Investment banks and commercial banks represent two divisions of the banking industry, and each type provides substantially different services.

Investment banks expedite the purchase and sales of bonds, stocks, and other investments, and aid companies in making initial public offerings (IPOs) when they first go public and sell shares. Commercial banks act as managers for deposit accounts belonging to businesses and individuals, although they are primarily focused on business accounts, and they make public loans from the deposited money they hold.

Since the financial crisis and economic downturn beginning in 2008, many entities that mixed investment banking and commercial banking have fallen under intense scrutiny. There is substantial debate over whether the two divisions of the banking sector should operate under one roof or if the two are best kept separate.

Key Takeaways

  • Investment banks and commercial banks provide different services and specialize in different financial activities.
  • Investment banks underwrite new debt and equity securities, help with selling securities, and drive mergers and acquisitions, reorganizations, and broker trades.
  • Commercial banks make loans to people and small businesses and offer checking and savings accounts and certificates of deposit.
  • Most financial services firms operate as either an investment bank or a commercial bank, although some combine functions.

Investment Banks

Investment banks are primarily financial middlemen, helping corporations set up IPOs, get debt financing, negotiate mergers and acquisitions, and facilitate corporate reorganization. Investment banks also act as a broker or advisor for institutional clients.

Big investment banks include JPMorgan Chase (JPM), Goldman Sachs (GS), Morgan Stanley (MS), Credit Suisse (CS), and Deutsche Bank (DB). Clients include corporations, pension funds, other financial institutions, governments, and hedge funds. Many investment banks also have retail operations for small, individual customers.

Commercial Banks

Commercial banks take deposits, provide checking and debit account services, and provide business, personal, and mortgage loans. They also offer basic bank products such as certificates of deposit (CDs) and savings accounts to individuals and small businesses. Most people hold a commercial bank account, rather than an investment bank account, for their personal banking needs.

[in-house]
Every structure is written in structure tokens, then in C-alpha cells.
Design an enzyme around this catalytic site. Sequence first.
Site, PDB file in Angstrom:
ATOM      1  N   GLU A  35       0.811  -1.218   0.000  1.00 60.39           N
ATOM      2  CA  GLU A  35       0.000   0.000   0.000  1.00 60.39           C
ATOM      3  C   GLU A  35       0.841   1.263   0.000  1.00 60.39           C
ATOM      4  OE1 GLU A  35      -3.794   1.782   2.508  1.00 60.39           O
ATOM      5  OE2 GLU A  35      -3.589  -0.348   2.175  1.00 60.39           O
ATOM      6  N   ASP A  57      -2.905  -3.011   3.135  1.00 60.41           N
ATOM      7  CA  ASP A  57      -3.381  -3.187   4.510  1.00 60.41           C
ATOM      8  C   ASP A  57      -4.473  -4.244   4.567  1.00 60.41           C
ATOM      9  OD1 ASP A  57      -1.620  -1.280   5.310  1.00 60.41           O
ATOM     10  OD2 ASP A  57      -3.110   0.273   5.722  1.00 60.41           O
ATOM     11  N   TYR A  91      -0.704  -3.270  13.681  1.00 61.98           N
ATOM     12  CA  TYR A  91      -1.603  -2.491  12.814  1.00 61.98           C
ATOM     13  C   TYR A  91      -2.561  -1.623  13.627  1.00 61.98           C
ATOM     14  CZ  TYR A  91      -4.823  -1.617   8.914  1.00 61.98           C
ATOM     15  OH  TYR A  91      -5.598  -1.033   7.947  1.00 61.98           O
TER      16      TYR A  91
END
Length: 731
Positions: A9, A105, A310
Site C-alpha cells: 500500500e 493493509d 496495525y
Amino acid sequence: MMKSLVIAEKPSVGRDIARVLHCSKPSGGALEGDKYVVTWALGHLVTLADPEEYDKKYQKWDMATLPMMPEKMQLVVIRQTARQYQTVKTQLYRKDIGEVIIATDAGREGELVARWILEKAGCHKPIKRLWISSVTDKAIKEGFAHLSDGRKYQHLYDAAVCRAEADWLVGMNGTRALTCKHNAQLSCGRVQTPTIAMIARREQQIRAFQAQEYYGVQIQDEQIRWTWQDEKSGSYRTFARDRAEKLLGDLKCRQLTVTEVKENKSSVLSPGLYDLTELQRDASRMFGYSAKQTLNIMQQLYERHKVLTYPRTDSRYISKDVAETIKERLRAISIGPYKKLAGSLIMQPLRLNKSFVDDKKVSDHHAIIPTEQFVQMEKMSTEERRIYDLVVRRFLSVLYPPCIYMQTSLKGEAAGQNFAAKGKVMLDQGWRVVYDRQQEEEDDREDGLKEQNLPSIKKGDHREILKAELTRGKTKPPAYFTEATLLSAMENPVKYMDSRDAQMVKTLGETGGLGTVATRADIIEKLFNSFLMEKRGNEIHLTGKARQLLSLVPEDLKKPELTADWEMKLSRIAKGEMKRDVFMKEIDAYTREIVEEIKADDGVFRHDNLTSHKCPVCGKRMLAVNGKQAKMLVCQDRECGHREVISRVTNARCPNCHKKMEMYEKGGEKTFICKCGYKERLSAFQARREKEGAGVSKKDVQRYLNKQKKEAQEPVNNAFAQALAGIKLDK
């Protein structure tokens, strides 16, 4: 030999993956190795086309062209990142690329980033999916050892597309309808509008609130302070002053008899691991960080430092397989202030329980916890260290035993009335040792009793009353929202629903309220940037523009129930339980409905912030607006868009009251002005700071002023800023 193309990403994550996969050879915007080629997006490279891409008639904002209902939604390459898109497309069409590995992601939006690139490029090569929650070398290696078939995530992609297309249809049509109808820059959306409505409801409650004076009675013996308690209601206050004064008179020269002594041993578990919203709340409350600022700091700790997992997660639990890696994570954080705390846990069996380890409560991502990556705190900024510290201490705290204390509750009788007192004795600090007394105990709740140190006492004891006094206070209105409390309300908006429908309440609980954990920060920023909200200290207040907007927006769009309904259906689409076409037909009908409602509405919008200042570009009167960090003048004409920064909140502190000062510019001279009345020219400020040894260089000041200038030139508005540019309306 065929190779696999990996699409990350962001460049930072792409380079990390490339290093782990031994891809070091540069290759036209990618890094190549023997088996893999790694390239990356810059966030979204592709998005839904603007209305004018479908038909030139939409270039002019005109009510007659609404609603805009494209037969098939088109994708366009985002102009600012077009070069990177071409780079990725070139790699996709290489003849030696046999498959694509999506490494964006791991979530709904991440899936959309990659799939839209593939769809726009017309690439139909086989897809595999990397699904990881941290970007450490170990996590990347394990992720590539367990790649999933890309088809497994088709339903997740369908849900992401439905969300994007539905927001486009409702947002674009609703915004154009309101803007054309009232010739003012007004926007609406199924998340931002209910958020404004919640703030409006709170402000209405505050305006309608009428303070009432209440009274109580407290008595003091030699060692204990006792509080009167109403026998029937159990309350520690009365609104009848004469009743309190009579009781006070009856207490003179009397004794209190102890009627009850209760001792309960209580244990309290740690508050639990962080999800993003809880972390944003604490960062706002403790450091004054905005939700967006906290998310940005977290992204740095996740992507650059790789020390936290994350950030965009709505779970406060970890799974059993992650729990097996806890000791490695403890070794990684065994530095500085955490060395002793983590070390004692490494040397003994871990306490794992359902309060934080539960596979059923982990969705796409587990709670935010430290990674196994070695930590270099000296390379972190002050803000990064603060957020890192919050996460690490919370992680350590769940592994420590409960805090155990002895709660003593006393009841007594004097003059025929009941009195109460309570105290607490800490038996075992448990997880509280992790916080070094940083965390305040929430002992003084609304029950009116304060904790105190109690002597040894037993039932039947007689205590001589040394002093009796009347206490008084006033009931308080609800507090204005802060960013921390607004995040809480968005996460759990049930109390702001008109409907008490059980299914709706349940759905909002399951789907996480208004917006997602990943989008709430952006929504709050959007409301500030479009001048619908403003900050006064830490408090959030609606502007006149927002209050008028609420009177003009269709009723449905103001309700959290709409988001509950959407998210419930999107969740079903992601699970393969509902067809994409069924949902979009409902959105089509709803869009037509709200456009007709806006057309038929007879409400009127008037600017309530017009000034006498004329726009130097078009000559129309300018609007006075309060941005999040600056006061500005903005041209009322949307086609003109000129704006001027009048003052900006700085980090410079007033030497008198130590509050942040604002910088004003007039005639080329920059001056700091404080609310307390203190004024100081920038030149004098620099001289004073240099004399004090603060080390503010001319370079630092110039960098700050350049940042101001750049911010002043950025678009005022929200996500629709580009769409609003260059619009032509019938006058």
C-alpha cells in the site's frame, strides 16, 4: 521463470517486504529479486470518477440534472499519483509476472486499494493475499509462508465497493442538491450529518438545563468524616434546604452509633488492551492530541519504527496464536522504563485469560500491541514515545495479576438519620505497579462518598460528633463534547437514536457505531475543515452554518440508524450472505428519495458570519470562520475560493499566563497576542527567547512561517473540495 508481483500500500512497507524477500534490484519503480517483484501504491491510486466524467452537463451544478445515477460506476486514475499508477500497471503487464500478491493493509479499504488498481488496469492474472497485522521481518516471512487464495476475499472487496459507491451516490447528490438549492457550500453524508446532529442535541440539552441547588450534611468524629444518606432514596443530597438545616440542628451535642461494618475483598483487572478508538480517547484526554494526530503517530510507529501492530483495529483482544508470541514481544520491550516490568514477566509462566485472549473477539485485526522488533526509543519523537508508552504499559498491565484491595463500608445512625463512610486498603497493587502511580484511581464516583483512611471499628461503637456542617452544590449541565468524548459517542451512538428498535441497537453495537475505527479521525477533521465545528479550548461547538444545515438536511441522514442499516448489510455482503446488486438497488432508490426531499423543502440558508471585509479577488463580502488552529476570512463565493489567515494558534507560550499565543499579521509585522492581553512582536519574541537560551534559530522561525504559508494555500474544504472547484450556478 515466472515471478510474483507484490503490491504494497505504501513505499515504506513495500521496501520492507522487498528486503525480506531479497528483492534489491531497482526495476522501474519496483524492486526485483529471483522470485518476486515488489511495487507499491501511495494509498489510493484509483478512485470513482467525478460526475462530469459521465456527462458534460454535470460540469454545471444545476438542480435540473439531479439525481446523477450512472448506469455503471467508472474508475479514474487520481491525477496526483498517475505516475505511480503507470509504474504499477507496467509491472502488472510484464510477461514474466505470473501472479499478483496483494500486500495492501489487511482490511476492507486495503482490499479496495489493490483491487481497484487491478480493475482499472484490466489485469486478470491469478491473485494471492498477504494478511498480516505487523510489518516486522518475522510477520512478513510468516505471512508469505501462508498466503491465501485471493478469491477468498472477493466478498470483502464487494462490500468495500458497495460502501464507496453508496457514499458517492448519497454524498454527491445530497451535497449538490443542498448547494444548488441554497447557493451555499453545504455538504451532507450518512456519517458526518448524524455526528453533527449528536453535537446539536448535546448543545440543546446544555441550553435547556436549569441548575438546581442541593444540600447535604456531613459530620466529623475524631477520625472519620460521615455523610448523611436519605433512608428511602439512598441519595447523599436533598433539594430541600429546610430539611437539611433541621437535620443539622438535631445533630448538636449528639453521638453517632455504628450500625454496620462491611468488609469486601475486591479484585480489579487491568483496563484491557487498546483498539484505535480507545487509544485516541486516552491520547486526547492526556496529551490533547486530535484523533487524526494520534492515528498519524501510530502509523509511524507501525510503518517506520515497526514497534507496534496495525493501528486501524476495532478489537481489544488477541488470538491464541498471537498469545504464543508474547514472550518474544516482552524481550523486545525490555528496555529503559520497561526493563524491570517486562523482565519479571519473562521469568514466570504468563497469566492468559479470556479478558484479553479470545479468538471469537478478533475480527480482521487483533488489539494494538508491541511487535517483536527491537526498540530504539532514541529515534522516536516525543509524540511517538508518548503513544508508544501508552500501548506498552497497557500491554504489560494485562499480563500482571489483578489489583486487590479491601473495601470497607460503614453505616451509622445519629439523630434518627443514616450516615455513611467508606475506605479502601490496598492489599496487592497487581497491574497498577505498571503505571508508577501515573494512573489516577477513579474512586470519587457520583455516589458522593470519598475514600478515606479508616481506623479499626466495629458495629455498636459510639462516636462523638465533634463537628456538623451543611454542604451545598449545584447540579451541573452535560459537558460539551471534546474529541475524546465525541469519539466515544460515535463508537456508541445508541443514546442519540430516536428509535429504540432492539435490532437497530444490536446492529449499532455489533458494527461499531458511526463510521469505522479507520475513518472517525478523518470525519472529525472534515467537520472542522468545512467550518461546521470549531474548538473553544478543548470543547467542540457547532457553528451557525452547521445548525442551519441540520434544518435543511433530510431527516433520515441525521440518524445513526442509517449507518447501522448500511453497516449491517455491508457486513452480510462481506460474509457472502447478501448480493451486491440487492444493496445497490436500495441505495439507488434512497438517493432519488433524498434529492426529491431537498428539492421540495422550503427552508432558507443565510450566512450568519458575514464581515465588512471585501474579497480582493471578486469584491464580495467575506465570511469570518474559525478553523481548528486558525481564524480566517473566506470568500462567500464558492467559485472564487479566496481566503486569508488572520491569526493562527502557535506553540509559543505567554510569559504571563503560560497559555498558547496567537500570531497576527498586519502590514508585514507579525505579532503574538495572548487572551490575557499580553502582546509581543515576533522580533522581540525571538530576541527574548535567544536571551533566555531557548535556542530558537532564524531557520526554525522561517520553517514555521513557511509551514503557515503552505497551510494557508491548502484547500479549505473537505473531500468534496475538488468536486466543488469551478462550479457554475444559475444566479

Commercial banks largely make money by providing loans and earning interest income from the loans. Customer accounts, including checking and savings accounts, provide the money for the banks to make loans.

Customers like commercial banks because their money is secured up to $250,000 per depositor and is regulated by the government, but the interest earned on accounts is little to nothing, particularly compared to mutual funds, stocks, and other investments.

Key Differences

Commercial banks are highly regulated by federal authorities such as the Federal Reserve and the Federal Deposit Insurance Corporation (FDIC). Commercial banks are insured by the federal government to maintain protection for customer accounts and provide a certain level of security. Investment banks differ because they are much more loosely regulated by the Securities and Exchange Commission (SEC). The Commission offers less protection to customers and allows investment banks a significant amount of operational freedom.

The comparative weakness of government regulation, along with the specific business model, gives investment banks a higher tolerance for and exposure to risk. Commercial banks have a much lower risk threshold. Commercial banks have an implicit duty to act in their clients' best interests. Higher levels of government control on commercial banks also decrease their level of risk tolerance.

Special Considerations

Historically, institutions that combine commercial and investment banking have viewed with skepticism. Some analysts have linked such entities to the economic depression that occurred in the early part of the 20th century. In 1933, the Glass-Steagall Act was passed and authorized a complete and total separation of all investment and commercial banking activities.

Glass-Steagall was largely repealed in 1999. Since that time, banks have engaged in both types of banking. Despite the legal freedom to expand operations, most of the largest U.S. banking institutions have chosen to operate as either a commercial or an investment bank.

There are some benefits for banks that combine the functions of investment and commercial services. For example, a combination bank can use investment capabilities to aid a company in the sale of an IPO, and then use its commercial division to offer a generous line of credit to the new business. This enables the business to finance rapid growth and, consequently, to increase its stock price. A combination bank additionally gleans the benefits of increased trading, which brings in commission revenue.